Saroeun Kimes shares her testimony of surviving the Cambodian Genocide in the late 1970’s, fleeing to Thailand, becoming a Christian at a refugee camp, and coming to the United States in 1981. She is joined by her husband Paul. Continue reading below for a summary of Saroeun’s testimony and more background on the Cambodian genocide.
Saroeun was born in the eastern province of Prey Veng. She has 4 brothers and 2 sisters. Her mother Nhem was gentle and very kind. Saroeun’s father died very early in her life. She came from a village named Bamboo Door. She married her husband Tun in 1968. They had 3 children Chea, Kunthea, and Mao.
In 1971 she was forced by ‘carpet bombing’ to take her mother, and her son Chea west to Battambang province where her husband had gone ahead to establish a home. She had one more daughter Kunthea there. The Khmer Rouge took control of the country in 1975. Her second daughter Mao was born 3 months later. The Khmer Rouge forced her family to find a small village to live in.
Her husband, Tun, was taken from the family, and was never seen again. Her son Chea was forcefully taken from her. Her main concern was the care of her children, and just surviving. She lived everyday in fear and terror. Fighting to survive a hernia operation, staving of hunger to keep what little food she had for Mao, and just surviving another day. Mao suffered malnutrition and disease but survived by her mother’s sacrifice.
In 1979 Saroeun was an unrecognizable skeleton, no hair, and using a stick to support herself. After a month she finally found Chea in the care of an older friend. Her 3 children and her mother evacuated to the refugee camp in Thailand. She began her conversion experience by hearing hymns being sung from a house in the camp. She joined Bible studies with her children she accepted Christ as savior and began to evangelize on her own. On February 20, 1980 she was baptized, and her mother became a Christian. Saroeun came to the Seattle Washington in 1981. Saroeun came with her family, including her brother Hong with his family. They were wearing the clothes provided for them by the International Rescue Committee, and that was the limit of their possessions. She is a God given blessing to me. She is an amazing survivor, my wife, and best friend. —Paul Kimes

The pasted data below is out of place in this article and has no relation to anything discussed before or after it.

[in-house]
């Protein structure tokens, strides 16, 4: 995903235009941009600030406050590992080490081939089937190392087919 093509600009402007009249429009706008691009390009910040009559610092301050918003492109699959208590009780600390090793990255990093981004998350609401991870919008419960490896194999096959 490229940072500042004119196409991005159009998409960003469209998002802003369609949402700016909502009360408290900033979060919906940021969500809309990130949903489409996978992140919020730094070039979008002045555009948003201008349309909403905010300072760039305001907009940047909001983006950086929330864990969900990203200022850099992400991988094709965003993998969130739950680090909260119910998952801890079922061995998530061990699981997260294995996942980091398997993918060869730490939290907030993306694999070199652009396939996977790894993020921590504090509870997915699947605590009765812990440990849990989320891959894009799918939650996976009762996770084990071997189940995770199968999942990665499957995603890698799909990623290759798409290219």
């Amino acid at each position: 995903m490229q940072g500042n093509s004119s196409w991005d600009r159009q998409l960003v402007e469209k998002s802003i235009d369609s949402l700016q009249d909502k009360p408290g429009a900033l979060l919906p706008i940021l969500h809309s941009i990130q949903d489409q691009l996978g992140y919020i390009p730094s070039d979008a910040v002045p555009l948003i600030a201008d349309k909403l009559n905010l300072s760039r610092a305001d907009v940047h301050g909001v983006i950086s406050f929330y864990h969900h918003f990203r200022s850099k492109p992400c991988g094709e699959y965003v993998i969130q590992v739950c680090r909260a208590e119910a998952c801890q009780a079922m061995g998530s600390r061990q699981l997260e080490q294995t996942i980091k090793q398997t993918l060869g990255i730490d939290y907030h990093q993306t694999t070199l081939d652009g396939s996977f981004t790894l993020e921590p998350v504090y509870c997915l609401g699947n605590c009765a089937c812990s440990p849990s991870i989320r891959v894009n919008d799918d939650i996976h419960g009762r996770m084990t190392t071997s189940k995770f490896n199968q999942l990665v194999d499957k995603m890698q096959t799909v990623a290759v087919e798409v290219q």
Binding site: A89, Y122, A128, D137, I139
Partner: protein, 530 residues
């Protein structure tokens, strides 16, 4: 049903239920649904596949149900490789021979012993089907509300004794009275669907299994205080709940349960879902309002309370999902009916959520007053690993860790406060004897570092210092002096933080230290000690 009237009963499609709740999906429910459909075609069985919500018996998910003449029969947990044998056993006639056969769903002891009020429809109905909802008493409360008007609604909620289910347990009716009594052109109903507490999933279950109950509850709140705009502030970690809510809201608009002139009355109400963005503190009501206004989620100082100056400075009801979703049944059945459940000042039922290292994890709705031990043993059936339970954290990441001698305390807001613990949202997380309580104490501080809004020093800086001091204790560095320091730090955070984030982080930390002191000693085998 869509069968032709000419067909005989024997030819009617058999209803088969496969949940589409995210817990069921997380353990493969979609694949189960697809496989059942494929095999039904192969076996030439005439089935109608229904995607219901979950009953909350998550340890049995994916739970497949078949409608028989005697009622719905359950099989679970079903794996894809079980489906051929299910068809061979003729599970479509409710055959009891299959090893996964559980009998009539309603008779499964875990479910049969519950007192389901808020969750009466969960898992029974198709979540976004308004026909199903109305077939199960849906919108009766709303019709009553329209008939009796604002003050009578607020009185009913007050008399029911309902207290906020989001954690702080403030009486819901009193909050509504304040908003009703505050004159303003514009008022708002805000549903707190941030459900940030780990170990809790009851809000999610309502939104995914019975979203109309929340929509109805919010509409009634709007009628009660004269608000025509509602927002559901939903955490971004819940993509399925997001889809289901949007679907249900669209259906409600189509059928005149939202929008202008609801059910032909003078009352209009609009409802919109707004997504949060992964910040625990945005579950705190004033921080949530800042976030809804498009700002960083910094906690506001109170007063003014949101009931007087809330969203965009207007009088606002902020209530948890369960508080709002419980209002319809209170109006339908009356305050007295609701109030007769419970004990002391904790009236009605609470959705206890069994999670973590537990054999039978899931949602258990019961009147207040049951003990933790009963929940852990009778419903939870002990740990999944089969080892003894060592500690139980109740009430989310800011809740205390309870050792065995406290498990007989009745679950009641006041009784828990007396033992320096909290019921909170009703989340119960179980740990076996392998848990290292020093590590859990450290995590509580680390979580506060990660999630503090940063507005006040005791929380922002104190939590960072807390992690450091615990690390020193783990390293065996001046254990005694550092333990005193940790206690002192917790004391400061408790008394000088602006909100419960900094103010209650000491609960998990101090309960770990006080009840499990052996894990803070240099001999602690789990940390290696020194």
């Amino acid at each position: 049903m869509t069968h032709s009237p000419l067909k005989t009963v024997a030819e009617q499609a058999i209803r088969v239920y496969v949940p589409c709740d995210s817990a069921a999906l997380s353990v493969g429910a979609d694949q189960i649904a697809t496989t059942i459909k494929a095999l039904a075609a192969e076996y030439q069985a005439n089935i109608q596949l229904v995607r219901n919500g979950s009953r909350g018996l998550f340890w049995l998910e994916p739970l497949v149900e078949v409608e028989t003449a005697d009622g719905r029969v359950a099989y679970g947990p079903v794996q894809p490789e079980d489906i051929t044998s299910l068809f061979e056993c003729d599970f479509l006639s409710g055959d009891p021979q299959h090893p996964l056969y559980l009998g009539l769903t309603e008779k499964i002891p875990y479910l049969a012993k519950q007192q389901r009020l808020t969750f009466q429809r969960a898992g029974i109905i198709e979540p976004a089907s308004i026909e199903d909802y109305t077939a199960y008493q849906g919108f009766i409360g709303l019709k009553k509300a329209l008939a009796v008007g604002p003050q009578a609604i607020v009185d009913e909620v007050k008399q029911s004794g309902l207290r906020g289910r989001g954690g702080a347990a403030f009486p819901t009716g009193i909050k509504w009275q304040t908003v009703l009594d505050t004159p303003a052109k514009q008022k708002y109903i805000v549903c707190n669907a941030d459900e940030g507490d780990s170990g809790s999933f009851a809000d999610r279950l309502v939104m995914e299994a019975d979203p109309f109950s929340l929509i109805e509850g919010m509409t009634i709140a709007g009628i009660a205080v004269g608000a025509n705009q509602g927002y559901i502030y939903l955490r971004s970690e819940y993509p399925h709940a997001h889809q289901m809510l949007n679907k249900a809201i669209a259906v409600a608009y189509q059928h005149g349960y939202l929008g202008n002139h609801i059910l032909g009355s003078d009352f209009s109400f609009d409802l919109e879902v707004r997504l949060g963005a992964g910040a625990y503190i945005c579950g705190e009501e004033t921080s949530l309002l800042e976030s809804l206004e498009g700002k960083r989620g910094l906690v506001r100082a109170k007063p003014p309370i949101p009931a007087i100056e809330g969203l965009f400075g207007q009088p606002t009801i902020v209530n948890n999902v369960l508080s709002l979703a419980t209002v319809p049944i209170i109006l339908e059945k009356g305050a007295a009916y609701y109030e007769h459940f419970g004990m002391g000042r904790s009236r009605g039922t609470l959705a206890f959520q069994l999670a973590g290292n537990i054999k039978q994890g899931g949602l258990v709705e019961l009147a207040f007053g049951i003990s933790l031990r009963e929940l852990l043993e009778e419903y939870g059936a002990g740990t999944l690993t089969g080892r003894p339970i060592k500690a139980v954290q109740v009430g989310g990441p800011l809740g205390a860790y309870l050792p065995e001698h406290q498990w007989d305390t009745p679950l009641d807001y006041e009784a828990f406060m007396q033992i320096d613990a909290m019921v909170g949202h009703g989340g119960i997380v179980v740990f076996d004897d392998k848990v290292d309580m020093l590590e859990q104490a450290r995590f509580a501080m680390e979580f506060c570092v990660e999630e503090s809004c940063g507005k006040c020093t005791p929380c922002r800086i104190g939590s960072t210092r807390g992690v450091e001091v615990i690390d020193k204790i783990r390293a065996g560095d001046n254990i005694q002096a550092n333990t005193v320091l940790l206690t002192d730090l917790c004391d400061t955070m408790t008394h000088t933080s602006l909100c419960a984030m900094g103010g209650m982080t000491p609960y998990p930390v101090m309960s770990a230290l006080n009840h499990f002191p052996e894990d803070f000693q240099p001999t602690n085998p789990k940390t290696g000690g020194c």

Background of the Cambodian Genocide
In 1973 when the U.S. Armed Forces left Southeast Asia the Civil War between a government supported by the U.S. and the current Royal government of Prince Sihanouk turned into a war between the Democracy of Lon Nol and the Khmer Communist Party (Khmer Rouge or Red Khmer). The war ended when the Khmer Rouge defeated Lon Nol in 1974.
The Khmer Rouge emptied the cities of their population by evacuating the entire population into the countryside. They turned the country into a huge labor and death camp. The country was surrounded by land mines. They forced the population to work in the rice fields, and cut timber with almost nothing to eat, the sick and infirmed were given no pity. The Khmer Rouge began their killing spree by executing government officials, doctors, soldiers, policeman, entertainers, and teachers.
After 3 ½ years of terror and fear, over 2 million people died of daily executions, forced starvation, and dysentery. 90% of the Christians were executed, some even by crucifixion to mock the religion. Many of the horrors of those executions were used to induce fear. The Khmer Rouge would lie under homes at night to hear conversations about the past and then use that to condemn their victims the following day. The Khmer Rouge used trickery to condemn and execute victims. The corpses were buried in open graves are called the “Killing Fields’.
Finally, an invasion by Vietnam in 1979 ended this reign of terror. Many Khmer people fled to Thailand and Vietnam to escape the bloodshed. They were mere skeletons, sick, weak, and many dying from disease and malnutrition. Although the Thailand government was reluctant to help, the NGOs, the UN, and Christian Missionaries were there to take them in. The Khmer Church today is not only built on the missionaries that faithfully worked there, but the brave unbending testimony of the surviving Khmer Christians and pastors who share the history of those years. Today there is hardly a state in the U.S. without a Cambodian Church. For more amazing stories of how the Christian church in Cambodia survived and flourished, read “Killing fields, Living Fields” by Don McCormack.